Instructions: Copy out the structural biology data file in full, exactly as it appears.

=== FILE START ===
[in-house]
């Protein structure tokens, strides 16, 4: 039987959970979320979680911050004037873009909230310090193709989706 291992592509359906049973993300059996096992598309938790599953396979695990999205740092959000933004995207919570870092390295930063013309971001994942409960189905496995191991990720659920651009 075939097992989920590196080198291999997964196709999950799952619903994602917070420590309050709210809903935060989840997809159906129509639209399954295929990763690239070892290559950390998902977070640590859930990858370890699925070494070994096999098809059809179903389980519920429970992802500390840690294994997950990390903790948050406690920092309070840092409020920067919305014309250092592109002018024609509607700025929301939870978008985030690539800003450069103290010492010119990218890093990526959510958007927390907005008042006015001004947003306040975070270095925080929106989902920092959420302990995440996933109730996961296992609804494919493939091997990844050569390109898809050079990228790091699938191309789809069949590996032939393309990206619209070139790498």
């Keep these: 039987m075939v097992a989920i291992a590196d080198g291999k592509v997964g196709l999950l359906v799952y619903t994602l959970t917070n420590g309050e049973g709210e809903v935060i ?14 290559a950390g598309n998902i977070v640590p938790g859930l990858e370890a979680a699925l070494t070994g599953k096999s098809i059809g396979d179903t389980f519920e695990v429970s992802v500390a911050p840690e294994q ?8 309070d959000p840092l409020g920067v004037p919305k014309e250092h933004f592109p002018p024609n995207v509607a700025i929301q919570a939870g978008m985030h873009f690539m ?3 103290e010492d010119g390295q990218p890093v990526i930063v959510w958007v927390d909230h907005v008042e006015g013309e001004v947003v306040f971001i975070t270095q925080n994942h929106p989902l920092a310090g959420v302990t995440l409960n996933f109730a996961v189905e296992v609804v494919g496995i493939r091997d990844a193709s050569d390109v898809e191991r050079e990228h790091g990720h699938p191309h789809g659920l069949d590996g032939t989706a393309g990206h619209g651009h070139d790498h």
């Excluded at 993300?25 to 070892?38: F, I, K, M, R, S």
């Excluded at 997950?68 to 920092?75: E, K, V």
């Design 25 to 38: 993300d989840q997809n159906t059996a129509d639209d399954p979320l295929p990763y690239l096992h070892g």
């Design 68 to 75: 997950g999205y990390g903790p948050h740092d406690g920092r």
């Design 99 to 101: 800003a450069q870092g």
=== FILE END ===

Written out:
[in-house]
């Protein structure tokens, strides 16, 4: 039987959970979320979680911050004037873009909230310090193709989706 291992592509359906049973993300059996096992598309938790599953396979695990999205740092959000933004995207919570870092390295930063013309971001994942409960189905496995191991990720659920651009 075939097992989920590196080198291999997964196709999950799952619903994602917070420590309050709210809903935060989840997809159906129509639209399954295929990763690239070892290559950390998902977070640590859930990858370890699925070494070994096999098809059809179903389980519920429970992802500390840690294994997950990390903790948050406690920092309070840092409020920067919305014309250092592109002018024609509607700025929301939870978008985030690539800003450069103290010492010119990218890093990526959510958007927390907005008042006015001004947003306040975070270095925080929106989902920092959420302990995440996933109730996961296992609804494919493939091997990844050569390109898809050079990228790091699938191309789809069949590996032939393309990206619209070139790498």
């Keep these: 039987m075939v097992a989920i291992a590196d080198g291999k592509v997964g196709l999950l359906v799952y619903t994602l959970t917070n420590g309050e049973g709210e809903v935060i ?14 290559a950390g598309n998902i977070v640590p938790g859930l990858e370890a979680a699925l070494t070994g599953k096999s098809i059809g396979d179903t389980f519920e695990v429970s992802v500390a911050p840690e294994q ?8 309070d959000p840092l409020g920067v004037p919305k014309e250092h933004f592109p002018p024609n995207v509607a700025i929301q919570a939870g978008m985030h873009f690539m ?3 103290e010492d010119g390295q990218p890093v990526i930063v959510w958007v927390d909230h907005v008042e006015g013309e001004v947003v306040f971001i975070t270095q925080n994942h929106p989902l920092a310090g959420v302990t995440l409960n996933f109730a996961v189905e296992v609804v494919g496995i493939r091997d990844a193709s050569d390109v898809e191991r050079e990228h790091g990720h699938p191309h789809g659920l069949d590996g032939t989706a393309g990206h619209g651009h070139d790498h």
């Excluded at 993300?25 to 070892?38: F, I, K, M, R, S």
């Excluded at 997950?68 to 920092?75: E, K, V």
């Design 25 to 38: 993300d989840q997809n159906t059996a129509d639209d399954p979320l295929p990763y690239l096992h070892g």
């Design 68 to 75: 997950g999205y990390g903790p948050h740092d406690g920092r």
């Design 99 to 101: 800003a450069q870092g």